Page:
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Earthquake swarm near Nevado del Huila volcano, Colombia

earthquake-swarm-near-nevado-del-huila-volcano-colombia

A shallow earthquake registered by the Geological Service of Colombia (SGC) as M5.4 hit 12 km (7.4 miles) NE of the Central Peak of the Nevado del Huila volcano at 12:32 UTC (07:32 local time) on January 26, 2019. The USGS is reporting it as M5.6 at a depth of 10 km (6.2 miles). 

The quake was preceded by M3.6 at 12:31 UTC and followed by 1 211 aftershocks by 19:30 UTC (14:30 local time).

Residents reported damaged homes, including broken glass, and rockfalls in the municipality of Paez.

Image courtesy SCG

SCG scientists say the quakes, although in the area of influence of the Nevado del Huila, are not located directly under the volcano and have not affected other monitored parameters.

The Alert Level remains at Level 3  – Yellow.

Nevado del Huila started erupting on February 19, 2007, after more than 200 years of inactivity.

The eruptions caused major mudslides and debris was scattered along the Paez River but communities living in close proximity were warned on time thanks to monitoring equipment and early warning system which allowed some 5 000 people living in the area to evacuate.

The last eruptive period of this volcano took place from October 2008 to January 2012.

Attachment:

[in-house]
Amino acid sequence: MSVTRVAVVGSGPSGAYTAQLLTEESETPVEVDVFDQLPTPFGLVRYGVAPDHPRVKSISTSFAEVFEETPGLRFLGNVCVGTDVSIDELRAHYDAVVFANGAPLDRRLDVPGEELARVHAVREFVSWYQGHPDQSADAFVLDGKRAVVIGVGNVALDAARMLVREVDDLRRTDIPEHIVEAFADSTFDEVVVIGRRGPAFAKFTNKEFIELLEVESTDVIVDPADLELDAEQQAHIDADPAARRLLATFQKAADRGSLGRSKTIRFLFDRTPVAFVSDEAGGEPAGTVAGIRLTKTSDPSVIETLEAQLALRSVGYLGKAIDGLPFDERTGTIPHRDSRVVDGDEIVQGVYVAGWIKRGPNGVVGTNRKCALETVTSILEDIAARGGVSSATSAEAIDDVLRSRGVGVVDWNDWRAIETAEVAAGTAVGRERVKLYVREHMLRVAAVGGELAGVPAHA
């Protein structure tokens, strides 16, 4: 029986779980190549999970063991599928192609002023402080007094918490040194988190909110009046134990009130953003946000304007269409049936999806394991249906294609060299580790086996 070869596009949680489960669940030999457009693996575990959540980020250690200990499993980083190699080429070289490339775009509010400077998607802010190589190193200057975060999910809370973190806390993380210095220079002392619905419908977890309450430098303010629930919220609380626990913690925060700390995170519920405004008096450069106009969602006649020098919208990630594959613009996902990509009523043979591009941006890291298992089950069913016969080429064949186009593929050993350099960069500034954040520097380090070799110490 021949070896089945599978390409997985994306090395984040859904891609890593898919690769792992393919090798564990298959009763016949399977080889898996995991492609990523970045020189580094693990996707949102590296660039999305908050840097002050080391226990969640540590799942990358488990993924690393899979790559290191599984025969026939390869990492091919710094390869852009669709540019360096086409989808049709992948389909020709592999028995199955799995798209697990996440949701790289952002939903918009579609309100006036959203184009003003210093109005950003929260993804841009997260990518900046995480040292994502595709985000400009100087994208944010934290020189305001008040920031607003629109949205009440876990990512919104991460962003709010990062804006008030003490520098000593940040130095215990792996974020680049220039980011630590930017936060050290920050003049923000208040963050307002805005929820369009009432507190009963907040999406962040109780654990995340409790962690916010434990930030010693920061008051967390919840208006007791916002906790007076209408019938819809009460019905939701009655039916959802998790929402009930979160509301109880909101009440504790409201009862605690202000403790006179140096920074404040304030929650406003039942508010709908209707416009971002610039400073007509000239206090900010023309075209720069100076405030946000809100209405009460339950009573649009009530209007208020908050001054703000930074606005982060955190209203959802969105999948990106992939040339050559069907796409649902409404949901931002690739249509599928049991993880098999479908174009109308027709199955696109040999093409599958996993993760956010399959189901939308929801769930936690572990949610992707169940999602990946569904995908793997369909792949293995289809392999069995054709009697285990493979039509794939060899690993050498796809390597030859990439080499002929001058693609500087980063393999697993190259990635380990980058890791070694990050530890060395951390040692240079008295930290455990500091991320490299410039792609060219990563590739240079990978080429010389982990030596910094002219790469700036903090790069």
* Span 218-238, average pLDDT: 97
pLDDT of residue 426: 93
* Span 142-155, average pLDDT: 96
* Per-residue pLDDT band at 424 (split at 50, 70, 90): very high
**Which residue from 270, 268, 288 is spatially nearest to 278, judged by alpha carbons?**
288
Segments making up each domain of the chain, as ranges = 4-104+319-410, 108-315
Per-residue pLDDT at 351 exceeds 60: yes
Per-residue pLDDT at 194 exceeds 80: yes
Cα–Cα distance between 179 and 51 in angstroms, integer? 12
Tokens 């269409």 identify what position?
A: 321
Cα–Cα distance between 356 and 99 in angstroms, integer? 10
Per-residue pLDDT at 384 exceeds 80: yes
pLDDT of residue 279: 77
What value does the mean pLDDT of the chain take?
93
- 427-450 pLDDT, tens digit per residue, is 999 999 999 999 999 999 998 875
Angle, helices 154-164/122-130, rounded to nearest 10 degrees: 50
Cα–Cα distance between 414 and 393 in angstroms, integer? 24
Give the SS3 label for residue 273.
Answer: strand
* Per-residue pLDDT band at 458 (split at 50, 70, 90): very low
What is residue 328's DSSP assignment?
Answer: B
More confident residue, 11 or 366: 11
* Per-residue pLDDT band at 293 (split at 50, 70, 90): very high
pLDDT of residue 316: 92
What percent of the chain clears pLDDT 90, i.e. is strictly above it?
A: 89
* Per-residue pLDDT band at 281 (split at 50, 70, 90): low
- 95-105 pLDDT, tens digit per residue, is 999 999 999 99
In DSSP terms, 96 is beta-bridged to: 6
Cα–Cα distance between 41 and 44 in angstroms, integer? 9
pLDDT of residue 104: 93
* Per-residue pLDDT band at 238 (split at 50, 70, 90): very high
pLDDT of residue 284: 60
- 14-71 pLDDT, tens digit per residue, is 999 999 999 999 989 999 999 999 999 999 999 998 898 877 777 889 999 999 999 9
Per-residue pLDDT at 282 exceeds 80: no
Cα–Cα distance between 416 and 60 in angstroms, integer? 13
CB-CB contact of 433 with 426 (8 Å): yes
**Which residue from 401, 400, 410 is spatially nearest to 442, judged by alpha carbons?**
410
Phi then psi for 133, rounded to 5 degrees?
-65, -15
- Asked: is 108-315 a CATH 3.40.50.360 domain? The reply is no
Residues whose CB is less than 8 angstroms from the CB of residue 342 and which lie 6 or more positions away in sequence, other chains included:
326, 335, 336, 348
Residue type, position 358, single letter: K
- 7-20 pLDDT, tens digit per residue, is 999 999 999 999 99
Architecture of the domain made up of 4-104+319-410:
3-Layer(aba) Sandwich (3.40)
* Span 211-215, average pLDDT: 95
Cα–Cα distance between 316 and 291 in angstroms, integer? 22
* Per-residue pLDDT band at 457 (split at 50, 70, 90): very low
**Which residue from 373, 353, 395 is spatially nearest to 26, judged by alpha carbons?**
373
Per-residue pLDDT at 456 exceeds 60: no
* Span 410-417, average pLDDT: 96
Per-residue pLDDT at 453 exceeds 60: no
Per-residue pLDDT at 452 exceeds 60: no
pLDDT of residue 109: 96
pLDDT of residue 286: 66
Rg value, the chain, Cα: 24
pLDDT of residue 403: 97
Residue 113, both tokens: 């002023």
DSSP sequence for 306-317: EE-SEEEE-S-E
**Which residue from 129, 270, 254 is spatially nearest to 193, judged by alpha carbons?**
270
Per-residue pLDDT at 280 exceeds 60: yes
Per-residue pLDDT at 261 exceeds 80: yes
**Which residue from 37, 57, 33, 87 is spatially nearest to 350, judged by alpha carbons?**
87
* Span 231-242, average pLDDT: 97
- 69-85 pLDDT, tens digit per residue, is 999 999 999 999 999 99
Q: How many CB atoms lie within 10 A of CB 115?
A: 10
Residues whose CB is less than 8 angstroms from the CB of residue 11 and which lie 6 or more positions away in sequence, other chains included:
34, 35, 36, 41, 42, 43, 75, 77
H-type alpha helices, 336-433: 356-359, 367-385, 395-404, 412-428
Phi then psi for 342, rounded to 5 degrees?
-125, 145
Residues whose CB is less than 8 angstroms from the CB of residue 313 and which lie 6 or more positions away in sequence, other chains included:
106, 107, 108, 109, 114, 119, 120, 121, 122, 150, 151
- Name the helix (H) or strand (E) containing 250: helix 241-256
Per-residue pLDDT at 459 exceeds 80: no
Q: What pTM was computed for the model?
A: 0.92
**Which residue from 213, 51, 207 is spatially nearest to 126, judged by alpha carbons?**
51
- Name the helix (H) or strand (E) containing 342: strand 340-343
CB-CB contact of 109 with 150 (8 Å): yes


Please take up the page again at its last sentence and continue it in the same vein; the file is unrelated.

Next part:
Geological summary

Nevado del Huila, the highest peak in the Colombian Andes, is an elongated N-S-trending volcanic chain mantled by a glacier icecap. The andesitic-dacitic volcano was constructed within a 10-km-wide caldera (6.1 miles).

Volcanism at Nevado del Huila has produced six volcanic cones whose ages in general migrated from south to north.

The high point of the complex is Pico Central. Two glacier-free lava domes lie at the southern end of the volcanic complex. The first historical activity was an explosive eruption in the mid-16th century.

Long-term, persistent steam columns had risen from Pico Central prior to the next eruption in 2007, when explosive activity was accompanied by damaging mudflows.

This volcano is located within the Cinturo Andino, a UNESCO Biosphere Reserve property.

Featured image credit: Martin Roca

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